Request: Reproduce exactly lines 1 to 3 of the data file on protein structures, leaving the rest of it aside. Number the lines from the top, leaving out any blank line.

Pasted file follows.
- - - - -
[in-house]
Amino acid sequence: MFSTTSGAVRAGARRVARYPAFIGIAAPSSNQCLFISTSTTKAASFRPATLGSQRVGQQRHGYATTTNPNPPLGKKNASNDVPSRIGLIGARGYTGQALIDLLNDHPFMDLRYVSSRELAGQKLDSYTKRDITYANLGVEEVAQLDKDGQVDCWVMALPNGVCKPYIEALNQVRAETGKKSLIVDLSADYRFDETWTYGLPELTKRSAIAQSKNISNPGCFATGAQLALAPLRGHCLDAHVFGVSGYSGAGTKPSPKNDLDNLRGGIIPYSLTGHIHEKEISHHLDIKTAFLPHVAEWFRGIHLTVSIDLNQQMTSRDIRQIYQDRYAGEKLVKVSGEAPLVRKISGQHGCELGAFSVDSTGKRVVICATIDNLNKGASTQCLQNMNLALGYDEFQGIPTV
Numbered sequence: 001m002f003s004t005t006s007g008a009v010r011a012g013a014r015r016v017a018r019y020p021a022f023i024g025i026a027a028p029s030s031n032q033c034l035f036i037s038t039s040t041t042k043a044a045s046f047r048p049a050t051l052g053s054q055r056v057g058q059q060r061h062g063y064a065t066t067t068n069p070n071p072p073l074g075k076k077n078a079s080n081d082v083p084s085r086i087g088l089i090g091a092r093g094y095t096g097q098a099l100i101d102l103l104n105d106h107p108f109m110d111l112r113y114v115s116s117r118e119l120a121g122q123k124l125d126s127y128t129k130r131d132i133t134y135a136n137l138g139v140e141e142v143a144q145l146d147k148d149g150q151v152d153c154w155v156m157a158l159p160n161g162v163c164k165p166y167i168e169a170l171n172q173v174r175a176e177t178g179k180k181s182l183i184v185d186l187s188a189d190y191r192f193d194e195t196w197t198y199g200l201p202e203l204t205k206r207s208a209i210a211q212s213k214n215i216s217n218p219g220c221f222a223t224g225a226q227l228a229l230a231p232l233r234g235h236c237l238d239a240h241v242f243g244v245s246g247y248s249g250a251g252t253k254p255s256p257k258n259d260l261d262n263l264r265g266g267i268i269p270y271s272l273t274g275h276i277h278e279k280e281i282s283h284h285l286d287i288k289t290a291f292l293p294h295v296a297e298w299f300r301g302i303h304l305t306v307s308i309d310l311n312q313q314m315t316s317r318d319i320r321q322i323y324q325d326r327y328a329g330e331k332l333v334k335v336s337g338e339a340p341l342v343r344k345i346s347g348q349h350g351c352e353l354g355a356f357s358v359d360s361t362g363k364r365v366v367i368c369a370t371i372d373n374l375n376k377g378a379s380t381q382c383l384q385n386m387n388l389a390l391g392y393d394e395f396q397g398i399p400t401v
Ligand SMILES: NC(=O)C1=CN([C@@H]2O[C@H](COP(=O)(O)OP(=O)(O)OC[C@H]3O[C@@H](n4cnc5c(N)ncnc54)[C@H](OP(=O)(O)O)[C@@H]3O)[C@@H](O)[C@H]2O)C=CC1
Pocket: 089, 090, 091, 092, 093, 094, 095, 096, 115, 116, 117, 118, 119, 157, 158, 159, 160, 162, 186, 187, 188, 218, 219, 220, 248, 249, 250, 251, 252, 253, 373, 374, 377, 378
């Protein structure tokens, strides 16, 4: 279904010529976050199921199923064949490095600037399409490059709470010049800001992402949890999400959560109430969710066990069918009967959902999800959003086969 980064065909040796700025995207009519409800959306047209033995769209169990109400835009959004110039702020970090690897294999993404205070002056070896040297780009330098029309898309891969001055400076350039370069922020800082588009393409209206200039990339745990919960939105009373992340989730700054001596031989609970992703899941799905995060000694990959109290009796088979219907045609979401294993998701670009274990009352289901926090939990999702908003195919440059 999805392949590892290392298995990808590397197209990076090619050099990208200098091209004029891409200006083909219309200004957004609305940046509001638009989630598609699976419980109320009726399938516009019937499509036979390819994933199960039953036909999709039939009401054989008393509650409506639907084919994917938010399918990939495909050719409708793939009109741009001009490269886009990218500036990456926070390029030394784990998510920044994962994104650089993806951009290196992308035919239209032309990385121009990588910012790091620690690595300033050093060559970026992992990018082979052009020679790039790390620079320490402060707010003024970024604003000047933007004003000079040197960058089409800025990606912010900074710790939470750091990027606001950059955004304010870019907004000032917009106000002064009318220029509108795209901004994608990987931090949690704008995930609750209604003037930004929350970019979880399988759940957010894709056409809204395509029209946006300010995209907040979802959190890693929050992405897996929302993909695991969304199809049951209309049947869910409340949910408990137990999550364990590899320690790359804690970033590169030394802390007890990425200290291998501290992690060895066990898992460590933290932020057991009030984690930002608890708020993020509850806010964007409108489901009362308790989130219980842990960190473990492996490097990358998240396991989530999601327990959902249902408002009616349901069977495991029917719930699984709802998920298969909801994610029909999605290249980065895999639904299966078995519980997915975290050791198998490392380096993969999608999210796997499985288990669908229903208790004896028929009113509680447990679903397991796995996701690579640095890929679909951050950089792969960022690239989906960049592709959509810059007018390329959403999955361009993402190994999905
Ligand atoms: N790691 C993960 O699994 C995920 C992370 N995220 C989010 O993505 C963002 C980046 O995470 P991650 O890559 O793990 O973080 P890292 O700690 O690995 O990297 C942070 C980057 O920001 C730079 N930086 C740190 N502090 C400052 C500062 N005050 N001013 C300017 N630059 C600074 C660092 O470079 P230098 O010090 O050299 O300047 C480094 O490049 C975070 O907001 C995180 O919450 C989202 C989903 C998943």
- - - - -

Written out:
[in-house]
Amino acid sequence: MFSTTSGAVRAGARRVARYPAFIGIAAPSSNQCLFISTSTTKAASFRPATLGSQRVGQQRHGYATTTNPNPPLGKKNASNDVPSRIGLIGARGYTGQALIDLLNDHPFMDLRYVSSRELAGQKLDSYTKRDITYANLGVEEVAQLDKDGQVDCWVMALPNGVCKPYIEALNQVRAETGKKSLIVDLSADYRFDETWTYGLPELTKRSAIAQSKNISNPGCFATGAQLALAPLRGHCLDAHVFGVSGYSGAGTKPSPKNDLDNLRGGIIPYSLTGHIHEKEISHHLDIKTAFLPHVAEWFRGIHLTVSIDLNQQMTSRDIRQIYQDRYAGEKLVKVSGEAPLVRKISGQHGCELGAFSVDSTGKRVVICATIDNLNKGASTQCLQNMNLALGYDEFQGIPTV
Numbered sequence: 001m002f003s004t005t006s007g008a009v010r011a012g013a014r015r016v017a018r019y020p021a022f023i024g025i026a027a028p029s030s031n032q033c034l035f036i037s038t039s040t041t042k043a044a045s046f047r048p049a050t051l052g053s054q055r056v057g058q059q060r061h062g063y064a065t066t067t068n069p070n071p072p073l074g075k076k077n078a079s080n081d082v083p084s085r086i087g088l089i090g091a092r093g094y095t096g097q098a099l100i101d102l103l104n105d106h107p108f109m110d111l112r113y114v115s116s117r118e119l120a121g122q123k124l125d126s127y128t129k130r131d132i133t134y135a136n137l138g139v140e141e142v143a144q145l146d147k148d149g150q151v152d153c154w155v156m157a158l159p160n161g162v163c164k165p166y167i168e169a170l171n172q173v174r175a176e177t178g179k180k181s182l183i184v185d186l187s188a189d190y191r192f193d194e195t196w197t198y199g200l201p202e203l204t205k206r207s208a209i210a211q212s213k214n215i216s217n218p219g220c221f222a223t224g225a226q227l228a229l230a231p232l233r234g235h236c237l238d239a240h241v242f243g244v245s246g247y248s249g250a251g252t253k254p255s256p257k258n259d260l261d262n263l264r265g266g267i268i269p270y271s272l273t274g275h276i277h278e279k280e281i282s283h284h285l286d287i288k289t290a291f292l293p294h295v296a297e298w299f300r301g302i303h304l305t306v307s308i309d310l311n312q313q314m315t316s317r318d319i320r321q322i323y324q325d326r327y328a329g330e331k332l333v334k335v336s337g338e339a340p341l342v343r344k345i346s347g348q349h350g351c352e353l354g355a356f357s358v359d360s361t362g363k364r365v366v367i368c369a370t371i372d373n374l375n376k377g378a379s380t381q382c383l384q385n386m387n388l389a390l391g392y393d394e395f396q397g398i399p400t401v